This is another documentary about apartheid South Africa that I use in my teaching. I use this in my Law and Race classes on Law and Literary Forms. In a different post, We Dream, We Write, We Change the World, I explain how music forms of lament and protest, in the face of racial violence and injustice are vital. They can be a way of reclaiming and re-asserting humanity and personhood that has been violently stolen. The key example I use in that class of music as a liberatory literary form is the song Strange Fruit as sung by Billie Holiday. I play a clip of it,  while explaining the context of lynching in America, citing the brutal killing of Emmett Till and the sham trial of those who were accused of killing him.

In the same class, we also listen to clips of Amandla.

Amandla!: A Revolution in Four-Part Harmony (2002) is a documentary tracking the South African Anti-Apartheid struggle through the use of music. In Zulu and Xhosa ‘amandla’ means power.  Songs united those who were being oppressed and gave those fighting a way to express their vision. The music consoled those incarcerated, motivated those who were at the frontlines and created an effective underground form of communication inside the prisons. The documentary  is a testimony to the power of song and its ability to fuel the struggle for freedom.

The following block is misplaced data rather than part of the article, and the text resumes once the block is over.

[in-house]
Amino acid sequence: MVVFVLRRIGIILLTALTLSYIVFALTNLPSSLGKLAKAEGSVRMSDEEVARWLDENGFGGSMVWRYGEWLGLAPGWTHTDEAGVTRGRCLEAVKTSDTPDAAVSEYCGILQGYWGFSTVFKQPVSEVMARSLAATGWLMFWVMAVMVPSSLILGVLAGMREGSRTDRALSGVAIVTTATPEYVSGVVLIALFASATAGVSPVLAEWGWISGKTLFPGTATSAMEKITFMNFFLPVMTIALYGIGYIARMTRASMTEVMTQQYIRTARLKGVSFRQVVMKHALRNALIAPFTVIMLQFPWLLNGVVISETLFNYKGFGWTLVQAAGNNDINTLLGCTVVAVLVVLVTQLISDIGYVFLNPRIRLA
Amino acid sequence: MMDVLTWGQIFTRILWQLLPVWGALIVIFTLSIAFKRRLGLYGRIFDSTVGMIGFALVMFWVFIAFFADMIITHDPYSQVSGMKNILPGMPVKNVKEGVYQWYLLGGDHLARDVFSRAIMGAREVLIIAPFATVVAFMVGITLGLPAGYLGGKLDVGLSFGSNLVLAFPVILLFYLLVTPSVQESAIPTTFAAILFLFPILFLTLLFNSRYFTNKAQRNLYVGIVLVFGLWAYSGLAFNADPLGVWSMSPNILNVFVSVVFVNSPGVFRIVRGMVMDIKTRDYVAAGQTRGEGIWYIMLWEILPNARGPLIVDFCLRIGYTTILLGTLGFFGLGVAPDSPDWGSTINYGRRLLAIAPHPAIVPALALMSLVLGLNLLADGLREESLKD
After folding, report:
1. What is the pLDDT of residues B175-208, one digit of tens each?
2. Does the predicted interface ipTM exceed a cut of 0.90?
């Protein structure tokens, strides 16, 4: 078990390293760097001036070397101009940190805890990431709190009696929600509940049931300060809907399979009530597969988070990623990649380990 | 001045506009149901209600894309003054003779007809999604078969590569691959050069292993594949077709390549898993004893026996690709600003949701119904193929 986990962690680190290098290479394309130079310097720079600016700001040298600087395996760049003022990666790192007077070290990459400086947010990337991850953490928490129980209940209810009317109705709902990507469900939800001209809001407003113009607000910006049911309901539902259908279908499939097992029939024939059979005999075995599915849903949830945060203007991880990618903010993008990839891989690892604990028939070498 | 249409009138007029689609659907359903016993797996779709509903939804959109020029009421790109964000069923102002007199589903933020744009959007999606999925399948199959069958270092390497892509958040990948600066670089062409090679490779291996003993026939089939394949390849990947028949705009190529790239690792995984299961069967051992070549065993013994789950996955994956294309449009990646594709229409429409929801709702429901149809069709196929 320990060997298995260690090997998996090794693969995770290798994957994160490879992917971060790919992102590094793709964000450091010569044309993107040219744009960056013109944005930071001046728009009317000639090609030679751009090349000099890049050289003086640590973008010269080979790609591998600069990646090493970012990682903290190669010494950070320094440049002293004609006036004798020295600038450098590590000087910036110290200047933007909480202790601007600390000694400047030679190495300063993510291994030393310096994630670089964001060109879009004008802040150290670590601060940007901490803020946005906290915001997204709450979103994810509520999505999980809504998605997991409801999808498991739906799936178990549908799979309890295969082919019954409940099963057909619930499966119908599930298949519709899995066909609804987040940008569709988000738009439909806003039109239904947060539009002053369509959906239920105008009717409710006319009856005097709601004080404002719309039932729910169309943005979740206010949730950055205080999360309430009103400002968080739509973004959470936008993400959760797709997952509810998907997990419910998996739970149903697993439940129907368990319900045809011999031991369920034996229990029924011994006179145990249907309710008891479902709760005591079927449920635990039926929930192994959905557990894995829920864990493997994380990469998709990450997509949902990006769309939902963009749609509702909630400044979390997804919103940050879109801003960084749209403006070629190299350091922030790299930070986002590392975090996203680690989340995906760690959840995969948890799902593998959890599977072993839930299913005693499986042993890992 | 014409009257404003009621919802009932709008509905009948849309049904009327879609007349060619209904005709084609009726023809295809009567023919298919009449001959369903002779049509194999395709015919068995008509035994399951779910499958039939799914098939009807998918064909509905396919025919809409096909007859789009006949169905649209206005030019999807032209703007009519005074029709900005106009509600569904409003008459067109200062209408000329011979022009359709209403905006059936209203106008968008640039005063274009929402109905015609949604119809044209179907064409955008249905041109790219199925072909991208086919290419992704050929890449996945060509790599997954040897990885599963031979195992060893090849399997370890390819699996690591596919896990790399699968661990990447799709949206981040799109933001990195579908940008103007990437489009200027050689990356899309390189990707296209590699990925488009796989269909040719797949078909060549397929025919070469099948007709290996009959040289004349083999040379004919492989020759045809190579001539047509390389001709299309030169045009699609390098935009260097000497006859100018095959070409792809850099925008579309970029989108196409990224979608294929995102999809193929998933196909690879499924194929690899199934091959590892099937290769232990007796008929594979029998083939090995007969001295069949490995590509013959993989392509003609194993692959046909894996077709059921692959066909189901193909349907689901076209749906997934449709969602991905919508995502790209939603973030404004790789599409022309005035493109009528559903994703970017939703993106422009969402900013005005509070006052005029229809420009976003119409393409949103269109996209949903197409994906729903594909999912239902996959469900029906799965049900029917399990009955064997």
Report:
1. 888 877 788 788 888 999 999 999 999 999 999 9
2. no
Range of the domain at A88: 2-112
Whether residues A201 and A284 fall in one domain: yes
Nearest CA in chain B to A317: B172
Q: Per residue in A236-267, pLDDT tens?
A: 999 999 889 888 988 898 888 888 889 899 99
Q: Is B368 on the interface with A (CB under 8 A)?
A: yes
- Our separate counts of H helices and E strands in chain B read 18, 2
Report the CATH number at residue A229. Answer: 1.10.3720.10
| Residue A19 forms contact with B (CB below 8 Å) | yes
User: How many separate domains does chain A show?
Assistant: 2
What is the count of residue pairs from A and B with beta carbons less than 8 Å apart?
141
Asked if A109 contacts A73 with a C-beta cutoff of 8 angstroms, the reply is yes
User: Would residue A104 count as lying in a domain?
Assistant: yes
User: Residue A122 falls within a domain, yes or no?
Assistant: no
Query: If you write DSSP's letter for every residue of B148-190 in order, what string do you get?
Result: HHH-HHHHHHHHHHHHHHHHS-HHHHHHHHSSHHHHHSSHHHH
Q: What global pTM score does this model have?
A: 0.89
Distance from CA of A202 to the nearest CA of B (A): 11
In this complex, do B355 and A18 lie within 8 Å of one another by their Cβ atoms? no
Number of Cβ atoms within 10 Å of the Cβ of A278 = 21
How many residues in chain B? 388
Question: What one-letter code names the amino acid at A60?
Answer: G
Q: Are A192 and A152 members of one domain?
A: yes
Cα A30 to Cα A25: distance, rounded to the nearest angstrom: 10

If you love music you should definitely watch it.

 

The clip that I play in class is the one below, of Sophie Mgcina singing Madam, Please!. The song and the delivery always hits me in the solar plexus.

 

Mandela Brings Us Peace: In a different class, we talk about the drawbacks in making one person the face and goal of a resistance movement. This song, I think illustrates this too. But watch how the lead singer can hardly take his eyes of Mandela! Also such joy. And Madiba’s dancing…

 

But what I love most about this musical documentary, is the glimpses we get in the interviews of different peoples’, stories and realities, their hopes and their dreams… and their music.

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African woman, lawyer, teacher, poet and researcher. Singer of songs, writer of words, very occasional dancer of dances. I seek new ways of interpreting the African experience within our consciousness to challenge static ideology.

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